That’s why, more than anything else, I chose to apply to a school that I felt I could make proud. In a totally idealistic way, I imagined someone walking into my office years from now and chatting with me, looking over and seeing a Cornell diploma on my wall and remarking, “You went to Cornell?” Chuckling. “That makes sense.”

 


 

The truth is that my school is not going to have an opinion of me. It’s not going to have any feelings toward me. I know this. It’s not a human relationship, but nonhuman relationships are a little underrated. These types of relationships can still be mutualistic and symbiotic.

I know I can’t place expectations of personalization or even personality on my school. But I can place expectations on myself that are inspired by the knowledge of the sacred bond I’ve forged throughout my relationship with it.

It began when I decided to apply and, although I didn’t think about it much then, it is literally never going to end. Like your family or your name, your school is a part of you. You shouldn’t take that lightly and you should also know that it won’t, either.

As I said, though, there isn’t a lot of “literature” on why your school should or will take pride in you. It’s not a widely publicized phenomenon. At first I just figured that if it cared enough to teach me and house me (for a price), it must “think” I’m all right, but that’s about the extent of their end of the relationship. My friends and I all talk about how much we love Cornell, but rarely, if ever, about how much Cornell loves us.

So in a sense, this is a matter of opinion. And it’s not like you can ask a school whether or not it’s true; after all, it isn’t a person. Whether it’s a machine or an irrational entity or a construct I’m mandated by my culture to staple to my identity, though, I know that I matter, and I mattered since the day I chose to submit my application.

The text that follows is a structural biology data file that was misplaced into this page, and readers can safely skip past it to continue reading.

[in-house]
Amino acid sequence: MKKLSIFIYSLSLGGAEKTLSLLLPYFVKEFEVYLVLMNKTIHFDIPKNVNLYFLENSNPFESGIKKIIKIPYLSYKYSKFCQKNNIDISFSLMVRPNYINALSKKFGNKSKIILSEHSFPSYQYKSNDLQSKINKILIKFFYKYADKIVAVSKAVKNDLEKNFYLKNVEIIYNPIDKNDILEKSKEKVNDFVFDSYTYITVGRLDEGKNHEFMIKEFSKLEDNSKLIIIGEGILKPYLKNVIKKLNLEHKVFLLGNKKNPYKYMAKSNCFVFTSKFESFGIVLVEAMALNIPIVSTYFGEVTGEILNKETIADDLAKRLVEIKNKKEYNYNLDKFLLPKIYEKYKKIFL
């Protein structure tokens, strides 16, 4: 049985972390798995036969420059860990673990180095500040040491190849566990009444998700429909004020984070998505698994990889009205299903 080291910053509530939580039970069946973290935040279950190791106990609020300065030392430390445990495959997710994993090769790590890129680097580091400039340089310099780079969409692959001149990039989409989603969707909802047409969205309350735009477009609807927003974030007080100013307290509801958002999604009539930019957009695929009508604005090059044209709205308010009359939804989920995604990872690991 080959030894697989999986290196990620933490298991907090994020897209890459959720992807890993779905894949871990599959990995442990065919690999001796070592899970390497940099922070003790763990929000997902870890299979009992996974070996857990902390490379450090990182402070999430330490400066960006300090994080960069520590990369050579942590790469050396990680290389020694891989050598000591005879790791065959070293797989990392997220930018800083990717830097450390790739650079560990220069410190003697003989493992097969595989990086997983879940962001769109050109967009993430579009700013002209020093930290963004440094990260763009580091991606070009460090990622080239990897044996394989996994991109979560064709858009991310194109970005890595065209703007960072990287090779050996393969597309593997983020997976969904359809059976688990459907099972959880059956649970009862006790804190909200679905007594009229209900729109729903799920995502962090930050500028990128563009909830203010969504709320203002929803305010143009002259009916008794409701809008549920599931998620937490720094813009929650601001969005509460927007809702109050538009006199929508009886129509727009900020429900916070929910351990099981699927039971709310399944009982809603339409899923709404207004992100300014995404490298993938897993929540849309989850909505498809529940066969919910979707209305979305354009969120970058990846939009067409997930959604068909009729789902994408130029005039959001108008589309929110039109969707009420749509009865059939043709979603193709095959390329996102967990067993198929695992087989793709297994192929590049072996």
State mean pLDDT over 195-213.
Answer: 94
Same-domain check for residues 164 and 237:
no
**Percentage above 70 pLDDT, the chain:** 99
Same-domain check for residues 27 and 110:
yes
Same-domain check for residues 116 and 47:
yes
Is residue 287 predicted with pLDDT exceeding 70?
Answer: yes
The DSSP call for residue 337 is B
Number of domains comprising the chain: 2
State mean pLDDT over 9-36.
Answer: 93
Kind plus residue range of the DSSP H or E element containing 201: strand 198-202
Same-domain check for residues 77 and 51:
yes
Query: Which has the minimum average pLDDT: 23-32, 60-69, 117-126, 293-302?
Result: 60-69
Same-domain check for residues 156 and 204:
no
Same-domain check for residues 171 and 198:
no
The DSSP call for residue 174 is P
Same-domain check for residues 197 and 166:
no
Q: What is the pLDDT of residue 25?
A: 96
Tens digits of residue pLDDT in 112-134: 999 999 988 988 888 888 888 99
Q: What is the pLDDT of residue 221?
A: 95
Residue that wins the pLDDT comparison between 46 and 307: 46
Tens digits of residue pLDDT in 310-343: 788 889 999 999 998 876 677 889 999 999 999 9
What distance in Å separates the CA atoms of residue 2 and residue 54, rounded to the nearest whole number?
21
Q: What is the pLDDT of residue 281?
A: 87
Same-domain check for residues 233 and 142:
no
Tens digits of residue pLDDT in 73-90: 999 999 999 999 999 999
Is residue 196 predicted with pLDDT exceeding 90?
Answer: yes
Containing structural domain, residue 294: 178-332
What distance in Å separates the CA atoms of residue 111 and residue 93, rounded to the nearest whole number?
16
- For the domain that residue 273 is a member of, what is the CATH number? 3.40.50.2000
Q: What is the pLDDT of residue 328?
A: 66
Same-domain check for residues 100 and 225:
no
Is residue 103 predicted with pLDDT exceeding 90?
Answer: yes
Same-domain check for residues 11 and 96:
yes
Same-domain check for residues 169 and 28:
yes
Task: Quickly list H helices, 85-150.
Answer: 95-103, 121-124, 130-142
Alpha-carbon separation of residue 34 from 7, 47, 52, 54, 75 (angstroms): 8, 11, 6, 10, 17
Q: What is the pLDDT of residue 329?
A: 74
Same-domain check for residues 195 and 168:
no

With every new pool of applicants, a school must reconsider and redefine its mission, its atmosphere, and its views. Like the IQ test, standardized to the population, a school’s pride in its students, itself, and its reputation begins with the applicants.

Whether a school accepts or rejects you, you can bet that it cared about what type of person you were. And if it accepted you, the institution, as much as it can be, is already proud of you and expecting you to make it prouder.

Most importantly, however, you have a say in their identity just as much as it has a say in yours – once again, whether it accepts you or not. You impact your college just by existing, just by applying, and any college knows that. You have the power to command the pride of an entire institution.

Your college might be stressing more than you are.

Sarah Chandler

Sarah Chandler is a junior at Cornell University studying Performing and Media Arts and Psychology.As much as she loves writing for CollegeVine, she'd rather be astral projecting or watching The Office. She has too much fun writing bios like these for her own good.